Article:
As soon as N came on two years ago, she was (and still is) a bit of a shock and adjustment for most of the staff. From the beginning, she put us all off by giving the impression that she was better than a lot of us because we “had supportive and encouraging parents who always set good examples” (not necessarily true for some of my coworkers) and she had to work harder than many of us because she wasn’t handed everything she needed in life. In the same vain, it was clear that she felt insecure because so many of us were in college and had done well in school and she was perfectly open about the fact that she had slacked off. I know firsthand that N is not unintelligent, but I’ve come to understand that she’s had influential people in her life lead her to believe that she is. I struggled for months with how to love this girl as my neighbor,  and in fact I still do, when she clearly looks down on me for the fact that I come from a more stable background than she does. I’ve been trying to be better at that in the last few months, but watching someone refuse to be proactive about their life, refuse to realize their potential – it’s challenging for me. My passion for international development has lent me an awareness that being impoverished in America is not nearly as devastating as it is in the developing world. If a healthy, literate American is living below the poverty line, he or she has so many more opportunities available to them to better their circumstances than those living in poverty in sub-saharan Africa. So, for me, it’s frustrating to see an American refuse to take an advantage of those opportunities.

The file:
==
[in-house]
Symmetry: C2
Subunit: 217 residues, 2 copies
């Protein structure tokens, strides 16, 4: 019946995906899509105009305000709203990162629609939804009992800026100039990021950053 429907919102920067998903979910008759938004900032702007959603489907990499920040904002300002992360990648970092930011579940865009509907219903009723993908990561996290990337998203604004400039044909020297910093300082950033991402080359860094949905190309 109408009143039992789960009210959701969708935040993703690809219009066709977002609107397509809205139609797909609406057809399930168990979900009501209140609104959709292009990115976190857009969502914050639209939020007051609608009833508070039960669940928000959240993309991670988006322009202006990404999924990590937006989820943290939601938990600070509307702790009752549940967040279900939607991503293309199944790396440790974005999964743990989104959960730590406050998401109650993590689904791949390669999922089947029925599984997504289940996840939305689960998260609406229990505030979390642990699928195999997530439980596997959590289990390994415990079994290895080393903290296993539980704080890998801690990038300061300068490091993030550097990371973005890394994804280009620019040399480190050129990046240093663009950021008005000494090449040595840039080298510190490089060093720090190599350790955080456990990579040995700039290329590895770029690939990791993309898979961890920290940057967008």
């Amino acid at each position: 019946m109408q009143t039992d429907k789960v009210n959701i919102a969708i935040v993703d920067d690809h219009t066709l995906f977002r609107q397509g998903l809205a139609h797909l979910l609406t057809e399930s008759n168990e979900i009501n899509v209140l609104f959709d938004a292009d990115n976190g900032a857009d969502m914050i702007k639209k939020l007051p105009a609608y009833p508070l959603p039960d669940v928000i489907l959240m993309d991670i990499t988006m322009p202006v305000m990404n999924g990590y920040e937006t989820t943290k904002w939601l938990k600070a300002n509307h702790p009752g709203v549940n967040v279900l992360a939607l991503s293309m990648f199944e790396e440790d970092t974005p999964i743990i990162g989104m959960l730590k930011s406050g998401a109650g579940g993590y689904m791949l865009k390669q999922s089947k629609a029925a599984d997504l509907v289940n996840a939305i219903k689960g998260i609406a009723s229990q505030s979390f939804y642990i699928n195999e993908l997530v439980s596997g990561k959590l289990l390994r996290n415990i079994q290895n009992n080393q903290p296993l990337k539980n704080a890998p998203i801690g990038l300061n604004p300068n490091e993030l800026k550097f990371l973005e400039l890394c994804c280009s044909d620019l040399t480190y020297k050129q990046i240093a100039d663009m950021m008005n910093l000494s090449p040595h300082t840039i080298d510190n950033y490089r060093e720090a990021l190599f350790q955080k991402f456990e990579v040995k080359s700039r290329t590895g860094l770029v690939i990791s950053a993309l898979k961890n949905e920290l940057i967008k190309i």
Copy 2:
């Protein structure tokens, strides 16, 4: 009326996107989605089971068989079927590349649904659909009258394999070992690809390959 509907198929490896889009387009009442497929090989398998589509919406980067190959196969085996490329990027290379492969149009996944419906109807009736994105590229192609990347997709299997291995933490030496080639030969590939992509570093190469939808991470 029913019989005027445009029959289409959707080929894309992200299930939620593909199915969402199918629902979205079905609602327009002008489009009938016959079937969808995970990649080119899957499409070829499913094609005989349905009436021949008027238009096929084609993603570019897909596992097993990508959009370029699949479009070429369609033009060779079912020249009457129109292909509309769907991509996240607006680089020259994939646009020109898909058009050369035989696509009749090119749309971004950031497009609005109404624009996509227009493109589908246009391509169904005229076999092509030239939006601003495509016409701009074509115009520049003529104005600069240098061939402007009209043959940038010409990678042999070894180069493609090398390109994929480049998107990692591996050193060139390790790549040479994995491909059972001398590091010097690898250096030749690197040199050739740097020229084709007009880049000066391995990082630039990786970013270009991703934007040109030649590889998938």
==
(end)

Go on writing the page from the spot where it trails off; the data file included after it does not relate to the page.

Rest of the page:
Since joining the staff, N has had a child with her boyfriend. N is the only one who actively contributes to the household income and, not surprisingly, money tends to run tight for them. Over the last few months, business has steadily declined at our restaurant and recently, N has confessed her stress about utilities and rent and where is she going to get the money for it all?

So all this buildup and here’s my random act of kindness: when it was my turn to take a table of regulars who always tip more than 20% came in the other night, I turned to N and made her take the table.  It’s a small thing, but I know it boosted her take-home money by thirty percent that night and short of directly putting money in her hands for herself and her baby (which I’m not really opposed to), it was the best I could do.

Does this count as a random act of kindness? What about you? What was your random act of kindness this week?